4/8: A day of Imaginary Surf.  A short flight got me to SJO to meet up with David @surfymurhpy.  Another flight south for about 45 minutes landed us in Golfito, and after a bumpy 2 hour cab ride we arrived Pavones, 1 hour drive from Panama.  The break is considered a regional classic and was my destination when leaving Oregon in April 2014; I’d attempted to drive here but had been caught up in spontaneity as I travelled Mexico.  I eventually turned my truck around and despite arriving 7 months later than planned, my pilgrimage now felt complete.  Caza Olas (basically House of Waves) was full of friendly people from various parts of the planet.  We pulled our boards out on arrival to get them ready for the following morning.  David had something he’d just finished that was made of redwood reclaimed from the old water towers of NYC and I had another that has a cork top and requires no wax.  Curious travelers asked about the boards.

4/13:  Some of our hostel-mates might have suspected David and I of being lovers.  We spent most of our time in the room ‘napping’.   And even when not asleep I just sat in the bed and wrote while David worked on ukulele tunes.  We opted for a room with a/c and maxed out the value; more of my hours in Pavones were spent in bed than anywhere else by far.  I love Casa Zen for the atmosphere and the people there, but I didn’t sleep much there and was making up for it.  David was fresh from juggling his bodywork practice and surfboard manufacturing so we just sank into the tranquil town.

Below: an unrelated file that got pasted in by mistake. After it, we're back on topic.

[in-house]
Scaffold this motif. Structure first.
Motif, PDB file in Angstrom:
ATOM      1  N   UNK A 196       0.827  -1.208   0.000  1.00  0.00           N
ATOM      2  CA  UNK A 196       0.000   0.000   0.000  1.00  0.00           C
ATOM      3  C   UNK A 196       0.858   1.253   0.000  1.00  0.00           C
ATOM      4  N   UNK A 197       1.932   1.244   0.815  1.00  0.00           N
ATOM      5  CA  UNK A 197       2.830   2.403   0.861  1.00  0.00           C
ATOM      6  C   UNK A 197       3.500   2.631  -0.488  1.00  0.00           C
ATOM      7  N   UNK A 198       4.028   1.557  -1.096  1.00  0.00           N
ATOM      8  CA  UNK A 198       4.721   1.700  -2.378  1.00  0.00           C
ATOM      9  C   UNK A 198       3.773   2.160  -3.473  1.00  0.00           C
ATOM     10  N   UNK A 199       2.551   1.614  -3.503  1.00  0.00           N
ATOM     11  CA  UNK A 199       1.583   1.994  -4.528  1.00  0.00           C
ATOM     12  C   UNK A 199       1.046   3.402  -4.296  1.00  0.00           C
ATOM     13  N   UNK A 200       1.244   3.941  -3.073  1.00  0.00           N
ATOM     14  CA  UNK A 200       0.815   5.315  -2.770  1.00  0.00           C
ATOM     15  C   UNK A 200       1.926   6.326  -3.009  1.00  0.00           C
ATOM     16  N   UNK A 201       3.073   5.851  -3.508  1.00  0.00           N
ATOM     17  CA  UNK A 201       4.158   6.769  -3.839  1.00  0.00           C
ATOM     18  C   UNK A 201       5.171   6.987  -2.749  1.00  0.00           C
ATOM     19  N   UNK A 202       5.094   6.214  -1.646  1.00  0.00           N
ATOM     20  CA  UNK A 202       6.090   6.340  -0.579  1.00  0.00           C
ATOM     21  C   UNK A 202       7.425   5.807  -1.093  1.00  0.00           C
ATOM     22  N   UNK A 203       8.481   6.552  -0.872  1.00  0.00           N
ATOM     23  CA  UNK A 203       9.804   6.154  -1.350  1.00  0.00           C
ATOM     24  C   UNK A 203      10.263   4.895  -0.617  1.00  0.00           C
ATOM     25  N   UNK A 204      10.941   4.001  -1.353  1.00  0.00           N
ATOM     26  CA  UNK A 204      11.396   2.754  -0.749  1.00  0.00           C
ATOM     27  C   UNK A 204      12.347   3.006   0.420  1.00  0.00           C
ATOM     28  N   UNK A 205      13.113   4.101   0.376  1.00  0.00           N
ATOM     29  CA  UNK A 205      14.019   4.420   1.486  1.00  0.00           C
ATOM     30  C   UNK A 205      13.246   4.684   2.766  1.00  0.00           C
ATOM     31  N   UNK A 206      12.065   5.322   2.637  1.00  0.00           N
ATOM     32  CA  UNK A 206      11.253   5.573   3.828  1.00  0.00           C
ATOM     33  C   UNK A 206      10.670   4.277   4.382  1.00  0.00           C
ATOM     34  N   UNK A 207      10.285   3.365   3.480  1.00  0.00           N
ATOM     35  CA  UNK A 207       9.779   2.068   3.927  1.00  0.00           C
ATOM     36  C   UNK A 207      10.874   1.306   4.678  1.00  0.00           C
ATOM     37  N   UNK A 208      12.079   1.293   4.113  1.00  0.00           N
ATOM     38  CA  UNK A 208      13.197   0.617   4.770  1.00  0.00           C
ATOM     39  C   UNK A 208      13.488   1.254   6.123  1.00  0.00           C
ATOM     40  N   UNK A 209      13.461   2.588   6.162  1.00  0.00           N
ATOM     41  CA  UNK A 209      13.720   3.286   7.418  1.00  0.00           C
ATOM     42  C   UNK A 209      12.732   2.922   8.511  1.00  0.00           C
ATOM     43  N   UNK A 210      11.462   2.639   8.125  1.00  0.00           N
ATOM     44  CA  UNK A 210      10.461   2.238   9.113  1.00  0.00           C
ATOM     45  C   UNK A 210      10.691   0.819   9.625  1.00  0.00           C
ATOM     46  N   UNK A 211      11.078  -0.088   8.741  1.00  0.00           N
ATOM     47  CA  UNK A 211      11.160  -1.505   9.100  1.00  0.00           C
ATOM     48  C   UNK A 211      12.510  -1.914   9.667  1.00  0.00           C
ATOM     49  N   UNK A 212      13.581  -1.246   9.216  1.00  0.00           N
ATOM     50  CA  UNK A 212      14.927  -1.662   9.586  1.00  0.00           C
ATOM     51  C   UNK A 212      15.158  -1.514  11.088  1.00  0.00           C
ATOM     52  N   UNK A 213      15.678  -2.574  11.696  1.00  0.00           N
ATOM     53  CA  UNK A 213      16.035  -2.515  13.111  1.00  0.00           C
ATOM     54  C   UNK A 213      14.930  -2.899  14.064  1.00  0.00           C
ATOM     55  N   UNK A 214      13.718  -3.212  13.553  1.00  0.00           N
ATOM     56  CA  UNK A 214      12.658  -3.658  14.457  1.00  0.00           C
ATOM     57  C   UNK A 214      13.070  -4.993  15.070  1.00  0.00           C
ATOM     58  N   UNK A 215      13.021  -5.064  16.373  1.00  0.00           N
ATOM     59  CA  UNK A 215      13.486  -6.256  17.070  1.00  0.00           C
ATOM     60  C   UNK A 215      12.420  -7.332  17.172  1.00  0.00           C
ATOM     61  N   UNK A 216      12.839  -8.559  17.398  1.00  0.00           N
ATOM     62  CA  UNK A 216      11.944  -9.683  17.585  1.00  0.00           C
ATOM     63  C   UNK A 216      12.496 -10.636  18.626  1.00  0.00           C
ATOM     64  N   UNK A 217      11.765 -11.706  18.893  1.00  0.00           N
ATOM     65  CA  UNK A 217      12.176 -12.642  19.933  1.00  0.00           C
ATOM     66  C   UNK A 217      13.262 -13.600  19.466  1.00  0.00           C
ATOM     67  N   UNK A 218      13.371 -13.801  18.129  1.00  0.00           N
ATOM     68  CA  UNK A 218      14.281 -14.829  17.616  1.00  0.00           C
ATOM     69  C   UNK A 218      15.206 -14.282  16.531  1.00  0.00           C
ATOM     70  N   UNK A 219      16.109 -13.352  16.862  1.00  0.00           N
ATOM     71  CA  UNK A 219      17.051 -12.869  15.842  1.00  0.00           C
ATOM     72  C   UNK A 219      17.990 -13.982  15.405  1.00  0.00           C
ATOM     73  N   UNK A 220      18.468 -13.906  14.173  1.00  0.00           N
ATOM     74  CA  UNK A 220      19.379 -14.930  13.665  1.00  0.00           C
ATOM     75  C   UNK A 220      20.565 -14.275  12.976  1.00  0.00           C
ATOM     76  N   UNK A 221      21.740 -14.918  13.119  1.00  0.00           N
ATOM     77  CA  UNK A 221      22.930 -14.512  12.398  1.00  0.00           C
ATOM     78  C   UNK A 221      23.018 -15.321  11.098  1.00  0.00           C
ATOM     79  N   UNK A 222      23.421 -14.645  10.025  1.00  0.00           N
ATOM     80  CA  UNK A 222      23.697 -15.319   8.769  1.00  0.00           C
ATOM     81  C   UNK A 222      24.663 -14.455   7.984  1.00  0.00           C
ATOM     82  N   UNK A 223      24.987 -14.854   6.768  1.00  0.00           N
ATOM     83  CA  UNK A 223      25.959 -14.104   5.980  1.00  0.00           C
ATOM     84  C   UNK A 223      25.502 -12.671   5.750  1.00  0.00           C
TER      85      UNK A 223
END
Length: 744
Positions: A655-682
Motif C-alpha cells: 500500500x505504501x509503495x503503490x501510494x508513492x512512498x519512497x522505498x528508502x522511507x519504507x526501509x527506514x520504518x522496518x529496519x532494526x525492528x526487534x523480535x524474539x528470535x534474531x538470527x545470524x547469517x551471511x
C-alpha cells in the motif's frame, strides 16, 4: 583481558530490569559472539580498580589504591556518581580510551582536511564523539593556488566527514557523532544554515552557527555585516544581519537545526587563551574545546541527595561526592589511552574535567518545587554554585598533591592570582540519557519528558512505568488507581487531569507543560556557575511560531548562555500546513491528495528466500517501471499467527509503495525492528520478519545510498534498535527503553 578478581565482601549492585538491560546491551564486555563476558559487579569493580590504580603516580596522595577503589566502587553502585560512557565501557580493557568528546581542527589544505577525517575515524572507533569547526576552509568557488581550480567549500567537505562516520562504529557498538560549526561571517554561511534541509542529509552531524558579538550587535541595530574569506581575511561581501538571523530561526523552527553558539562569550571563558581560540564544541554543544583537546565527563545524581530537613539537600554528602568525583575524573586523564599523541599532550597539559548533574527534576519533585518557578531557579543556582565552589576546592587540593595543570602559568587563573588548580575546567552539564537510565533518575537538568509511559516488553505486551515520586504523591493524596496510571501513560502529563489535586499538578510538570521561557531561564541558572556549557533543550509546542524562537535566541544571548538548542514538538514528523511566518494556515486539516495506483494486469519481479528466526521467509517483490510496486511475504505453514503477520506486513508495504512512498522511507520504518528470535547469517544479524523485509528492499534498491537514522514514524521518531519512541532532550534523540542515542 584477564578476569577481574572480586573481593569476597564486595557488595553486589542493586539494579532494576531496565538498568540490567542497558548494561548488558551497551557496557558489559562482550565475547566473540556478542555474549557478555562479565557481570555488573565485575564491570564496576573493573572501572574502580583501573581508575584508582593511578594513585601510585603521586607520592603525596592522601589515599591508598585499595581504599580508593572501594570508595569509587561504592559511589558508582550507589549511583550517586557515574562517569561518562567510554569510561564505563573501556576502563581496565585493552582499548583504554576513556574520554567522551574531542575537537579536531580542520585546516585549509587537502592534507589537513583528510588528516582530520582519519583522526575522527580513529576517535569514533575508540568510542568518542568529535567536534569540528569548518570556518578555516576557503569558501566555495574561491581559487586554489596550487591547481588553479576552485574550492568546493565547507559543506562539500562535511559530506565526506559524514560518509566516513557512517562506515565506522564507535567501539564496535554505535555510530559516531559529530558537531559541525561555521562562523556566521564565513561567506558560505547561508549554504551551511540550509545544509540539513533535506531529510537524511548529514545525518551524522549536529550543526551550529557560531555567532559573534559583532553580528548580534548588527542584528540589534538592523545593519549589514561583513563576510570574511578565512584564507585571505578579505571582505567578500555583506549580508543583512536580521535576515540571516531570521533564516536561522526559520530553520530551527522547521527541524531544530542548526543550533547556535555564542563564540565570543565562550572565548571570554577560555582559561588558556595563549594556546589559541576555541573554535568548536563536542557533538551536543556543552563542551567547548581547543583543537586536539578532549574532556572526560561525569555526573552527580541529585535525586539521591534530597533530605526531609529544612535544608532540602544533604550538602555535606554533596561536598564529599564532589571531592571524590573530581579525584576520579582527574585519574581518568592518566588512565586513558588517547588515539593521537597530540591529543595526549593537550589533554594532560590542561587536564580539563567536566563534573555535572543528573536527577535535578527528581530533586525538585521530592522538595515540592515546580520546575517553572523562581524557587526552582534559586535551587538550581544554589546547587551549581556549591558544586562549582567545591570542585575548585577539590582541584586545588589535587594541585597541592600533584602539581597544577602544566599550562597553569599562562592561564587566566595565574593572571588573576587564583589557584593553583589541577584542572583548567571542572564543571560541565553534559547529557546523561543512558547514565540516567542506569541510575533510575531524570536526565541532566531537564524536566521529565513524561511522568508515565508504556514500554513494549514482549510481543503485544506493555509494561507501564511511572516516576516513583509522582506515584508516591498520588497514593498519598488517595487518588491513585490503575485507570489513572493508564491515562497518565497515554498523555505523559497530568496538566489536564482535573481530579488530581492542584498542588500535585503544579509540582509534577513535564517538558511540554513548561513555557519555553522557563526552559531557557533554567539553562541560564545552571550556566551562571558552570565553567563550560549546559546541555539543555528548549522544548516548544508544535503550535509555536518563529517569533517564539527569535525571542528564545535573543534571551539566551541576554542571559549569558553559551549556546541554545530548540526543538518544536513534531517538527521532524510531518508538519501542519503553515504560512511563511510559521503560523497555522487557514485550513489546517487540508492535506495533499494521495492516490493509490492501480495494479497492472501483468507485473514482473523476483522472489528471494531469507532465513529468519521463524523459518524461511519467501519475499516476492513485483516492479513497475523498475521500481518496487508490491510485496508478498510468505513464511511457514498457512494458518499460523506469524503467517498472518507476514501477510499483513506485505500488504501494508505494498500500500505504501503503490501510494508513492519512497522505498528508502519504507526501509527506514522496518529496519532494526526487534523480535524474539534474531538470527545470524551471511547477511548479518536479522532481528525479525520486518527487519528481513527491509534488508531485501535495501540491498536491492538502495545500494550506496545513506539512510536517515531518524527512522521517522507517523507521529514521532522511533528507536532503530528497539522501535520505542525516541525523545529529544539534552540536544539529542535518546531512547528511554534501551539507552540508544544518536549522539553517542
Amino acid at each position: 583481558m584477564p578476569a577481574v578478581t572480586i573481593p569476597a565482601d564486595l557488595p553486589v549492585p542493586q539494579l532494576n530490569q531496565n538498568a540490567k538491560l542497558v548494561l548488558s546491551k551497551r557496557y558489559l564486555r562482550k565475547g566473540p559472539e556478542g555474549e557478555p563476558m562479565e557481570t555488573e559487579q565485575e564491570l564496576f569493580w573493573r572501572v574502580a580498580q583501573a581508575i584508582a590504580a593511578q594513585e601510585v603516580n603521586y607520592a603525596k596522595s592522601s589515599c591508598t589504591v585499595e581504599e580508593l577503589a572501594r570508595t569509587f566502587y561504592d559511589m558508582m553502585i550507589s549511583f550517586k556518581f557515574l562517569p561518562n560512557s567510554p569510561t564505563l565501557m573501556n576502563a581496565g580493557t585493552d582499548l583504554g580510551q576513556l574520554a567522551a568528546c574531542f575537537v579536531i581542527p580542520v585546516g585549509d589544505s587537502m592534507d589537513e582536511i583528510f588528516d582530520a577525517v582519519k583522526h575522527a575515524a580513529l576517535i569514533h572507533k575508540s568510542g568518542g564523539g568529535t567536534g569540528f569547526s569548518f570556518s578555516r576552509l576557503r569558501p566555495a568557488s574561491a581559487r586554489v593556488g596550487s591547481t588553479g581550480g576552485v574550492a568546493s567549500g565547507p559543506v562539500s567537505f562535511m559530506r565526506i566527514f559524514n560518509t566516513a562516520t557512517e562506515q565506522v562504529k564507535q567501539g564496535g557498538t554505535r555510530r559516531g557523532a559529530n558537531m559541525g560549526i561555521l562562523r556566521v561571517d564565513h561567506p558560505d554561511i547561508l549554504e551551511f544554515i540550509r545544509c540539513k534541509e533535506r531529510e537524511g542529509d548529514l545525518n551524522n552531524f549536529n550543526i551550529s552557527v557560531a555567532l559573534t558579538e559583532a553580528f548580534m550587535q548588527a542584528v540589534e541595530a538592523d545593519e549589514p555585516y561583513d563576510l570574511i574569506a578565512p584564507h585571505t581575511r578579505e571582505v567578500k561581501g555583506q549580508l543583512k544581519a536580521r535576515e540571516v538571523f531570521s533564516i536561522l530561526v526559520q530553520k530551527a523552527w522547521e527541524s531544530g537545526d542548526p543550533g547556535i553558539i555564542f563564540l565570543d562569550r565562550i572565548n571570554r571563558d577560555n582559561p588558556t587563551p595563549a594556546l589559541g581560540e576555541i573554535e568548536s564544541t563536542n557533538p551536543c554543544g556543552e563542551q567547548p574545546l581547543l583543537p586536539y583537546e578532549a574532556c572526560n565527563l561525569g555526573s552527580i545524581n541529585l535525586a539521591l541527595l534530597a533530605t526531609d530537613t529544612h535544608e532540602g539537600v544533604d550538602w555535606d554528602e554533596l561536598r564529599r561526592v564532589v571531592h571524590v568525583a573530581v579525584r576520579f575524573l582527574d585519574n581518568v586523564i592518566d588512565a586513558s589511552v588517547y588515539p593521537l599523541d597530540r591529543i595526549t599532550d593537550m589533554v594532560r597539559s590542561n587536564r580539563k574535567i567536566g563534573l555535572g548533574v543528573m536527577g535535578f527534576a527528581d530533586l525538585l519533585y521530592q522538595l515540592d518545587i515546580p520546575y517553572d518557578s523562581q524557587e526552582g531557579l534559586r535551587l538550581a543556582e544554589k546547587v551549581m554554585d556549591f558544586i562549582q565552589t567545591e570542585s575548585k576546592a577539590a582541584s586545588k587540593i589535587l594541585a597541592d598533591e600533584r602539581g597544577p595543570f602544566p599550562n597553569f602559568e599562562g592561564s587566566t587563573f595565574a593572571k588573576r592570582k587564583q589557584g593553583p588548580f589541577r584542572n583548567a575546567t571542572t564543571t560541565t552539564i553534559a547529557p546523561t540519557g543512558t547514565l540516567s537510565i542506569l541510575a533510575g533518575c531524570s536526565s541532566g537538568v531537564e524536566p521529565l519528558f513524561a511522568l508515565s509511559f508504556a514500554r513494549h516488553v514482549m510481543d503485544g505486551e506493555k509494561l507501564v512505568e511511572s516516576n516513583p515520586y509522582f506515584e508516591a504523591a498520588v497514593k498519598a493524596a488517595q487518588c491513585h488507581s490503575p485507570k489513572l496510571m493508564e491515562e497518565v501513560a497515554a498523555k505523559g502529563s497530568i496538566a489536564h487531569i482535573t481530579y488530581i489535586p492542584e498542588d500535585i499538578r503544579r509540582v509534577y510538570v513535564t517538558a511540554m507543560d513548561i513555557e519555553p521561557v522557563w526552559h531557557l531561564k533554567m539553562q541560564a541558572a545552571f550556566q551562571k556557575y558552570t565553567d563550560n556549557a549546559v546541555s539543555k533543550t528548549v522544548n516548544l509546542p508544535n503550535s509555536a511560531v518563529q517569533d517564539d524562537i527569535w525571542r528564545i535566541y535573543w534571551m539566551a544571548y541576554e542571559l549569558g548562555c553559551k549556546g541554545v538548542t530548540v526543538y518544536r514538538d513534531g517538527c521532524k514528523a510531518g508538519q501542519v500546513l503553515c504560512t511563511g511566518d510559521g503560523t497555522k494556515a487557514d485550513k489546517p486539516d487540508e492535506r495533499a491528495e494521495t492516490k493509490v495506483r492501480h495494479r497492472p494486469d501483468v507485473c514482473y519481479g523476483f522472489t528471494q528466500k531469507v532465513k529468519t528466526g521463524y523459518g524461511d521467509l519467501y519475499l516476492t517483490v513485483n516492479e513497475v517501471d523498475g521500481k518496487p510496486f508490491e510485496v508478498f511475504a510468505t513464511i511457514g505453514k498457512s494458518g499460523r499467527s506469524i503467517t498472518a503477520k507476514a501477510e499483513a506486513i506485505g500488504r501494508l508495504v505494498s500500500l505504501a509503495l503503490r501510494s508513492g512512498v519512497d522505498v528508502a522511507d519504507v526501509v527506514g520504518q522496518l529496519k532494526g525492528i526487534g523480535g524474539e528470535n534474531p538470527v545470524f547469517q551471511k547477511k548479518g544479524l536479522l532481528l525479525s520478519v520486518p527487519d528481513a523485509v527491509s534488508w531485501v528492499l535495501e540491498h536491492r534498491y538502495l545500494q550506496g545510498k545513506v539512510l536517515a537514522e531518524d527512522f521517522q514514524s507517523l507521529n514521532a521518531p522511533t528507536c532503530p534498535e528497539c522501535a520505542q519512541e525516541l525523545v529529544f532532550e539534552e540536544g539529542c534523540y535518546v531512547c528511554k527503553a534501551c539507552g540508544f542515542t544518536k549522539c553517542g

We were wave hungry enough to rise at 5am in hopes of scoring.  The swell hadn’t really filled in like we hoped but it was good nonetheless.  David met a woman in the line-up that had a yoga shala overlooking the point and we’d each scheduled a massage with her.  I walked over to her  place after the surf and could look out from the massage table to where the waves hitting the point 150 meters away.  Amy’s property is large and parklike – a sort of manicured zen garden.

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The town of Pavones feels like an outpost.  It was quiet and felt empty for a world famous spot.  Most people were surprisingly friendly.  If we waved or said hello to someone (expat, local, or traveller) they invariably returned the greeting and sometimes came back with a big smile.  It was the same whether on water or land and a big change from Santa Teresa.  This is the Pura Vida you hope for.

By two days into our stay we began eating chocolate.  People would come by the hostel with empanadas or coconut oil or chocolate for sale and we bought 2 logs of handmade, local chocolate in log form.  Chocolate is a staple in my diet in the US and I buy good, og chocolate almost daily when up there. For a long while was grinding cacao beans in a coffee grinder to add to my morning smoothies.  The criollo cacao for our chocolate was grown and processed about 30 minutes away.  David and I are fairly matched in our eating habits when traveling and quickly decided to put in an order for 18 logs.  We probably ate close to 1/2lb (a little under 1/4 kilo) of chocolate each day for several days.  By the end of our time in Pavones most of the chocolate was gone and our dream life was being effected significantly.

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Peanut butter was mixed to a thin consistently with high grade coconut oil then spooned with the fresh logs